End Of The Road
With episode five, Cry Wolf, Telltale Games brings their first Vertigo adaptation to an end, and it’s quite likely from the reception of this first season that this Fables-based game is just that; the first of more seasons. As to be expected from any concluding episode, there’s a fixed goal in mind for this installment and choices that have been made in past episodes play out to show you what kind of world you’ve made, and what kind of influence you’ve had on people. For anyone that’s a fan of adventure games, episode five of The Wolf Among Us delivers the goods in a satisfying way.
Not Black & White Fairy Tales
Although it’s been widely, repeatedly acknowledged that the PS3 version of the series is technically the worst performing, it bears mentioning that it’s gotten even worse for this last episode. Load times are noticeably longer, upwards of over a minute from some chapters to the next, and the audio occasionally goes out of sync with the visuals, leading to some awkward moments where the speaking is all wrapped, but the characters are still going through the dialog motions. It’s safe to assume that this will continue for the remainder of PS3 Telltale games, such as the wrap up to season two of The Walking Dead. It’s also quite likely that new games, such as the upcoming Borderlands adventure, will probably also be available on the Xbox One and PS4 and not prone to these hiccups.
Now, as for the game itself, this is all about the story, which should be no surprise at this point since we’re talking about a Telltale game. There will be the inevitable questions along the lines of “Is this ending as good as Season One of The Walking Dead?” The answer to that question is, “Yes, as long as you’re not expecting to cry.” The Wolf Among Us—and to be fair, the entire world of Bill Willingham’s Fables—is not the same as that of The Walking Dead. In a way, both worlds explore the human condition, but where The Walking Dead goes the route of the extreme—putting people in life or death situations that force hard choices—The Wolf Among Us tackles moral ambiguity head on, especially in this last episode. There’s a different kind of emotional turmoil that comes from trying to uphold a system of law versus trying to do the right thing. The Wolf Among Us has constantly wrestled with this. In nearly every episode, Bigby has been confronted with a rule of law that is corrupt, marginalizing the Fables without wealth or status, forcing the player into making choices that might be the legal thing to do, but might not necessarily be the right thing to do.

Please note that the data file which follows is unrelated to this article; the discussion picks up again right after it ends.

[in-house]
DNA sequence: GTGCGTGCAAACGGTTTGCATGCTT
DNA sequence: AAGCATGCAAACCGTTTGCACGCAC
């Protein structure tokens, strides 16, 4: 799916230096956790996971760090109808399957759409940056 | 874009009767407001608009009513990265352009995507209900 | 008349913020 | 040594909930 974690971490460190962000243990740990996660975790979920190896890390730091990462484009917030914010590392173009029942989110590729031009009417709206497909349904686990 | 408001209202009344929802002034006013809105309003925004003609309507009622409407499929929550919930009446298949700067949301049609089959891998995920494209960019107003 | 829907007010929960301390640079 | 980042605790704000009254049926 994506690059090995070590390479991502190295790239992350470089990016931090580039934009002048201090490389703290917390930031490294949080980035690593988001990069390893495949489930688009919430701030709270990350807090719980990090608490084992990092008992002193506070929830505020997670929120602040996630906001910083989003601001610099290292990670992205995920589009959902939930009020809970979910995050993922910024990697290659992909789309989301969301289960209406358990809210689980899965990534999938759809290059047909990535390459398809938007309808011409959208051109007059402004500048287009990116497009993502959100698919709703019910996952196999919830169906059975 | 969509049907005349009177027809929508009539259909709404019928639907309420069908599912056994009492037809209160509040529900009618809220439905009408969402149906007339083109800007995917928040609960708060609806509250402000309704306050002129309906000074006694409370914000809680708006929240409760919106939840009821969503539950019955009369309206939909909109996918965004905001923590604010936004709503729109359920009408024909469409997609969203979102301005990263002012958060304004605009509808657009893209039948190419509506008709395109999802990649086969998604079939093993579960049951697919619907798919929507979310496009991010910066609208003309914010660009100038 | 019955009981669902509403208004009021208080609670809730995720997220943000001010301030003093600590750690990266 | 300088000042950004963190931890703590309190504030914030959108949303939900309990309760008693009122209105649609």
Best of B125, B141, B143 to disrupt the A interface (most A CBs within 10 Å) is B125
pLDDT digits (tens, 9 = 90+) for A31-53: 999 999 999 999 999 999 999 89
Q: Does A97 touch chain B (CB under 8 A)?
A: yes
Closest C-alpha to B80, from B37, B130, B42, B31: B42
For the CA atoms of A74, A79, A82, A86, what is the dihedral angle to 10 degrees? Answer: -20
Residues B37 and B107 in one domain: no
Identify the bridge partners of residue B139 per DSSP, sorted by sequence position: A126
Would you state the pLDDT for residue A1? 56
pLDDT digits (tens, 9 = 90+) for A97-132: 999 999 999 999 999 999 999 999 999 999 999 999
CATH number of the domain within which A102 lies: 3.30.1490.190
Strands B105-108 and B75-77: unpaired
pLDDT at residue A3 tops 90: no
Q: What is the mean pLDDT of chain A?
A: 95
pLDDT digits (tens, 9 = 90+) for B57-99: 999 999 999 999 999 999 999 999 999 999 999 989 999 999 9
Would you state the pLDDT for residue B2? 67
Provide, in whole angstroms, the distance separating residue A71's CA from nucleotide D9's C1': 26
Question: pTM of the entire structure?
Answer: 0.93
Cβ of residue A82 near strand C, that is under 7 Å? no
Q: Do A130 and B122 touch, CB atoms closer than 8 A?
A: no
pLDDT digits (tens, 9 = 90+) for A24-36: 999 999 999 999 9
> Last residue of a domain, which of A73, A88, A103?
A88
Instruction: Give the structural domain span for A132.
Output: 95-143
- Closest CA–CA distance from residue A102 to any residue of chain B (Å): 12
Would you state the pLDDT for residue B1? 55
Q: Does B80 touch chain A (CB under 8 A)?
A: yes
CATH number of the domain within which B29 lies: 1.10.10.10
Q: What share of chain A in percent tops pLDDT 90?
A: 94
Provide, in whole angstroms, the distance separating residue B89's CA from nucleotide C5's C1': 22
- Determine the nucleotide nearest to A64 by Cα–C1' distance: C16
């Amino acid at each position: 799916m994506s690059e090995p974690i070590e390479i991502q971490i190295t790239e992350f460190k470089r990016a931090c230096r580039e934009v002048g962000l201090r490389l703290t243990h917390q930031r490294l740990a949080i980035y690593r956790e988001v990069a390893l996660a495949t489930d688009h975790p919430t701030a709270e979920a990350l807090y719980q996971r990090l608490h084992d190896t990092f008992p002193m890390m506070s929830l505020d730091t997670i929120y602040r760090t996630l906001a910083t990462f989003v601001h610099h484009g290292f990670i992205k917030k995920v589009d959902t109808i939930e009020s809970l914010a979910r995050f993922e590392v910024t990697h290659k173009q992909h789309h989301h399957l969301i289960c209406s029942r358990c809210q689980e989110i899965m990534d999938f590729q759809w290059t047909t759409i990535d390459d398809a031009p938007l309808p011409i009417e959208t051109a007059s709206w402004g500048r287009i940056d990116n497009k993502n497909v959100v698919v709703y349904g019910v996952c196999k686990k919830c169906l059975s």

All those little choices add up and get some karmic payback in the final episode as Bigby gets a final confrontation with the “final boss” of the game and story. It culminates in the player finding a personal answer to the question, “What is more important, upholding the rules of society as an example to society, or doing whatever it takes, however illegal, to ensure justice is served?” It’s an enormously complicated question, and it’s sure to have players arguing back and forth over the decisions they made and what it says about their own value system. That’s not something 90% of games ever do to their players, and it’s amazing that Telltale managed to pull it off here.
The Wolf Among Us, like the world of Fables themselves, is ultimately a reflection of modern society. The only difference is, over the course of this five-episode murder mystery, it has repeatedly forced players to confront their own value system through scenarios that are anything but clear-cut “right choice/wrong choice.” There’s no chance that Cry Wolf is going to elicit tears from the player; it doesn’t want to. But what it will do, which is equally as important—perhaps more so—is make the player think about right, wrong, legal and illegal, and how these things don’t necessarily pair up with each other in the way you’d expect. Telltale has told a great tale here, living up to their studio name, and hopefully there will be more unusual, morally complex, offbeat adventures like this in their future.